FIDE Wins Case Versus English & Georgian Chess Federations

FIDE Wins Case Versus English & Georgian Chess Federations

| 6 | Chess Politics

fide_official_logo-gens-una-sumus cropped.jpgWhen the Turkish organisers of the upcoming 2012 Chess Olympiad refused entry to arbiters from 7 countries that were suing FIDE there was an outcry at the ban from many parties, including the influential Russian Chess Federation.

Nevertheless, the ban still remains and one of the court cases involved has now been settled in FIDE's favour.



On 3rd July 2012, the Court of arbitration for sport (CAS) issued its decision in the arbitration opposing FIDE to the English Chess Federation and the Georgian Chess Federation (Appellants).

These FIDE members were challenging the nomination by FIDE President Kirsan Ilyumzhinov and the confirmation and approval by the General Assembly of five Vice-Presidents in Khanty-Mansiysk in October 2010 arguing that only two Vice-Presidents could be nominated and confirmed.

The Appellants filed a first appeal before FIDE Presidential Board and, against the latter’s refusal to consider a matter already decided by the General Assembly, before the CAS. FIDE immediately raised the objection that this appeal did not address the General Assembly’s confirmation/approval of the five Vice-Presidents. The Appellants tried to correct their mistake by filing a second appeal before CAS on the 29 March 2011, challenging this time the General Assembly’s decision of October 2011.

The CAS dismissed the two appeals. Its main rulings are as follows:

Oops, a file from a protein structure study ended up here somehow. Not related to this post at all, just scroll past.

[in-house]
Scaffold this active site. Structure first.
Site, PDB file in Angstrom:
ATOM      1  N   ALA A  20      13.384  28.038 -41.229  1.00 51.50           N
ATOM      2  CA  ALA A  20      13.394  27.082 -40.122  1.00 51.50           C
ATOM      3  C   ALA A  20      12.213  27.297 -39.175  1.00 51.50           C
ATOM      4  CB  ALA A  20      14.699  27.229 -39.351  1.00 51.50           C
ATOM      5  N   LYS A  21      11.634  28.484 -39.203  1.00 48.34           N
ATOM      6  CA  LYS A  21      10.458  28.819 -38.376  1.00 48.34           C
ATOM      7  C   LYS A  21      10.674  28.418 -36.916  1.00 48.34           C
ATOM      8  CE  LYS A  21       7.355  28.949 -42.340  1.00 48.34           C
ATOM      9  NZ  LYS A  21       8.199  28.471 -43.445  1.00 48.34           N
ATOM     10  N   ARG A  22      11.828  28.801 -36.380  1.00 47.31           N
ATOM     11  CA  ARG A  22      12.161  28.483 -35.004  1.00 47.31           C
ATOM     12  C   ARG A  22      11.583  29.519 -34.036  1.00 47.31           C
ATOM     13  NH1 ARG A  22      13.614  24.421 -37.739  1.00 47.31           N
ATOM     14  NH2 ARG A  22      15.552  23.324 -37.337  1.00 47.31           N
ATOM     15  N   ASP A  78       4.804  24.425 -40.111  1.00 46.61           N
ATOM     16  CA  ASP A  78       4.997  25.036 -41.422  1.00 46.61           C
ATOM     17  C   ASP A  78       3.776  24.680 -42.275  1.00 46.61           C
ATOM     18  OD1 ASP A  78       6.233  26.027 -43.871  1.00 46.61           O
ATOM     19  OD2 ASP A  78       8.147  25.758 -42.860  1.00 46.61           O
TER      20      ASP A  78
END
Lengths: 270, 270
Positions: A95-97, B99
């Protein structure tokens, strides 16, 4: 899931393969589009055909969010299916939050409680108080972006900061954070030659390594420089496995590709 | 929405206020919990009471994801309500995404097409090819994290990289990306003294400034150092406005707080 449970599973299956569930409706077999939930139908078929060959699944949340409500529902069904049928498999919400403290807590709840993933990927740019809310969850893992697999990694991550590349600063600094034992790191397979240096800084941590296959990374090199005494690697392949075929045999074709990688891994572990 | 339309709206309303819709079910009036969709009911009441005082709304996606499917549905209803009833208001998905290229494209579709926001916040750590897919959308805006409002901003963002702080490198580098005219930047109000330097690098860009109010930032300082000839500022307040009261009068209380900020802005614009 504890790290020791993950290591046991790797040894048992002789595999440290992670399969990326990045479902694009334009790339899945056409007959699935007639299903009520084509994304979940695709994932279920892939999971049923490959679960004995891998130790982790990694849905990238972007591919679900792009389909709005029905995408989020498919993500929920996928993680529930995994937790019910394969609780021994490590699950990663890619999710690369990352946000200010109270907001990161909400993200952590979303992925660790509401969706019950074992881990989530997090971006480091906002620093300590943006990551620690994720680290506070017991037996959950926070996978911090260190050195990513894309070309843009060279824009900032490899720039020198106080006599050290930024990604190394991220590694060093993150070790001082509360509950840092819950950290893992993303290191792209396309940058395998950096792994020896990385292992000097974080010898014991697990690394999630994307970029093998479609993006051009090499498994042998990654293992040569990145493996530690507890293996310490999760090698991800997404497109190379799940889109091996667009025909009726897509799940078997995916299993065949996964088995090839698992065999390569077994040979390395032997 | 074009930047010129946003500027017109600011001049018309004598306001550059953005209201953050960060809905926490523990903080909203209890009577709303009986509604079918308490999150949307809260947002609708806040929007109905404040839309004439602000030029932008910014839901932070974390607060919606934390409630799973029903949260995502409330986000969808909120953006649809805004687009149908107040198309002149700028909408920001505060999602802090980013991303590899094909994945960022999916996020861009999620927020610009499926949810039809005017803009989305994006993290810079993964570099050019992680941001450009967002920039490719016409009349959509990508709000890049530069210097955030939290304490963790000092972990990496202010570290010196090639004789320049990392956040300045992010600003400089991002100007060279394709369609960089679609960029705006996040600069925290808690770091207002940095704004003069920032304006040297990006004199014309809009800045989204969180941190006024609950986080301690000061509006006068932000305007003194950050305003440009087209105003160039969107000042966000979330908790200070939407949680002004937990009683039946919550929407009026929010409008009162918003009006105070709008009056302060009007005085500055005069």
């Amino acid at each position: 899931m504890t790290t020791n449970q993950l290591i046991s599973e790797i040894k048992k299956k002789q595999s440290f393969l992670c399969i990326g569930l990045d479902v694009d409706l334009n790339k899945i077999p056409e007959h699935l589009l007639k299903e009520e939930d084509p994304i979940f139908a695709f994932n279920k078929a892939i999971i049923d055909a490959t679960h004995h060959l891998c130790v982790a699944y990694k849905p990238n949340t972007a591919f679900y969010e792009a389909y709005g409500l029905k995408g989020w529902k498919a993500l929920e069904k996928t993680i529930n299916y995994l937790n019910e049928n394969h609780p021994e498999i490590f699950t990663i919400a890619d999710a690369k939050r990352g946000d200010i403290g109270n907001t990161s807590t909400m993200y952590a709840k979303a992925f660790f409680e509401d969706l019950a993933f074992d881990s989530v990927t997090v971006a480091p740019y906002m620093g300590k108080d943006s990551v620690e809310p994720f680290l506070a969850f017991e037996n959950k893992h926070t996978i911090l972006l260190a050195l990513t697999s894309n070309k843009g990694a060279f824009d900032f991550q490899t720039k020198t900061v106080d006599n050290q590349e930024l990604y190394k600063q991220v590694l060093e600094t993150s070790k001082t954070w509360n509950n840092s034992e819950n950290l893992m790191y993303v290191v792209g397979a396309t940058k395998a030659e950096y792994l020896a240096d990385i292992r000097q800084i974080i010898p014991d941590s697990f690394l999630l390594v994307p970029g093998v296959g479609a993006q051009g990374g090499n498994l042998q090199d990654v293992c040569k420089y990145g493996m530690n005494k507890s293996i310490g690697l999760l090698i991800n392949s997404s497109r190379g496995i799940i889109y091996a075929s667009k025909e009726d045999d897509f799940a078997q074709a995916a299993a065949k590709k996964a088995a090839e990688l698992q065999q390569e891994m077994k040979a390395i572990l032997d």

The Panel first decided that the dispute should be examined in light not only of Swiss law but also of the general principles of law (lex sportiva).

Second, the Panel considered that, contrary to what was alleged by the Appellants, the decision to appoint the five Vice-Presidents in Khanty-Mansiysk was a decision taken by FIDE General Assembly, and not a unilateral decision of FIDE President.

As a consequence, the CAS:

•    dismissed the first appeal filed by the Appellants because it wrongly challenged the Presidential Board’s “decision” instead of the General Assembly’s confirmation and approval of the five nominated Vice-Presidents;
•    held that the second appeal was inadmissible, having been brought six months after the General Assembly, i.e. later than the 21 day time limit set out in the CAS procedural rules.
In view of the above, the CAS ordered the Appellants English Chess Federation and Georgian Chess Federation to pay to FIDE CHF 75,000 for its legal fees and expenses as well as to reimburse to FIDE an amount of approximately CHF 50,000 corresponding to the advance of costs paid by FIDE to the CAS.

Despite this positive outcome, and as in the Karpov’s case lost by the same law firm and funder in summer 2010, FIDE deeply regrets the efforts and resources spent to have these two frivolous appeals dismissed and declared inadmissible.

Full details can be found in the 23-page CAS decision here (PDF file) : CAS_2011_A_2360__2392_ARBITRAL_AWARD_3july2012.pdf



UPDATE: Since the court victory, FIDE president Kirsan Illyumzhinov has refused to accept the resignation of Ali Yazici as Vice President of FIDE.  See the press release here.

It seems that Kirsan is fully behind Ali, which raises the question of whether the president also supports the ban on the arbiters.

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